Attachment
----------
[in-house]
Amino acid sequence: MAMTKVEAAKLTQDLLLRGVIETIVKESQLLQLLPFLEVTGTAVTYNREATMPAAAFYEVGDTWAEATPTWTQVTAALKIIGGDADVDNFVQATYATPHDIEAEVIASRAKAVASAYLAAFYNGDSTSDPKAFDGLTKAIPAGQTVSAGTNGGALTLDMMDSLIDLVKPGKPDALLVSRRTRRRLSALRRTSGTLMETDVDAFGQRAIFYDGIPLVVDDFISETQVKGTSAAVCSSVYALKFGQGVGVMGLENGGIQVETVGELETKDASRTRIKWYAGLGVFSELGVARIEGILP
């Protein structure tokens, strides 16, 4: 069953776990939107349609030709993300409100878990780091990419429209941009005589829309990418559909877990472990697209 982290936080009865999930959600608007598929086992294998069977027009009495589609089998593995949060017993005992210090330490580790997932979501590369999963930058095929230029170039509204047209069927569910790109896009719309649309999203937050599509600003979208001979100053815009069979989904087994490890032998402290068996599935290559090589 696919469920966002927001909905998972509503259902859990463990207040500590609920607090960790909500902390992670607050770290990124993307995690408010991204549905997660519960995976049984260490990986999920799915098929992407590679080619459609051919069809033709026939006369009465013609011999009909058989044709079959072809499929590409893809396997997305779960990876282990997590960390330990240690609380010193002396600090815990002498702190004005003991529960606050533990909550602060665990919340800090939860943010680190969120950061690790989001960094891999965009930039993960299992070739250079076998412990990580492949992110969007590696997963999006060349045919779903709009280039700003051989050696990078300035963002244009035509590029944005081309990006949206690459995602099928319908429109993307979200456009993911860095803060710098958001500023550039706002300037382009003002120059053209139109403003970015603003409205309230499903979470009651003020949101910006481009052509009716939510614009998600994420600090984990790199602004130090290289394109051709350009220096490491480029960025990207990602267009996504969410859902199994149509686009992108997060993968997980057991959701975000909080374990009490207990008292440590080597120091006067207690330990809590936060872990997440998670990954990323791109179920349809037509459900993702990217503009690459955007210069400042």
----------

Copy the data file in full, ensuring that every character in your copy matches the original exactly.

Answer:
[in-house]
Amino acid sequence: MAMTKVEAAKLTQDLLLRGVIETIVKESQLLQLLPFLEVTGTAVTYNREATMPAAAFYEVGDTWAEATPTWTQVTAALKIIGGDADVDNFVQATYATPHDIEAEVIASRAKAVASAYLAAFYNGDSTSDPKAFDGLTKAIPAGQTVSAGTNGGALTLDMMDSLIDLVKPGKPDALLVSRRTRRRLSALRRTSGTLMETDVDAFGQRAIFYDGIPLVVDDFISETQVKGTSAAVCSSVYALKFGQGVGVMGLENGGIQVETVGELETKDASRTRIKWYAGLGVFSELGVARIEGILP
């Protein structure tokens, strides 16, 4: 069953776990939107349609030709993300409100878990780091990419429209941009005589829309990418559909877990472990697209 982290936080009865999930959600608007598929086992294998069977027009009495589609089998593995949060017993005992210090330490580790997932979501590369999963930058095929230029170039509204047209069927569910790109896009719309649309999203937050599509600003979208001979100053815009069979989904087994490890032998402290068996599935290559090589 696919469920966002927001909905998972509503259902859990463990207040500590609920607090960790909500902390992670607050770290990124993307995690408010991204549905997660519960995976049984260490990986999920799915098929992407590679080619459609051919069809033709026939006369009465013609011999009909058989044709079959072809499929590409893809396997997305779960990876282990997590960390330990240690609380010193002396600090815990002498702190004005003991529960606050533990909550602060665990919340800090939860943010680190969120950061690790989001960094891999965009930039993960299992070739250079076998412990990580492949992110969007590696997963999006060349045919779903709009280039700003051989050696990078300035963002244009035509590029944005081309990006949206690459995602099928319908429109993307979200456009993911860095803060710098958001500023550039706002300037382009003002120059053209139109403003970015603003409205309230499903979470009651003020949101910006481009052509009716939510614009998600994420600090984990790199602004130090290289394109051709350009220096490491480029960025990207990602267009996504969410859902199994149509686009992108997060993968997980057991959701975000909080374990009490207990008292440590080597120091006067207690330990809590936060872990997440998670990954990323791109179920349809037509459900993702990217503009690459955007210069400042």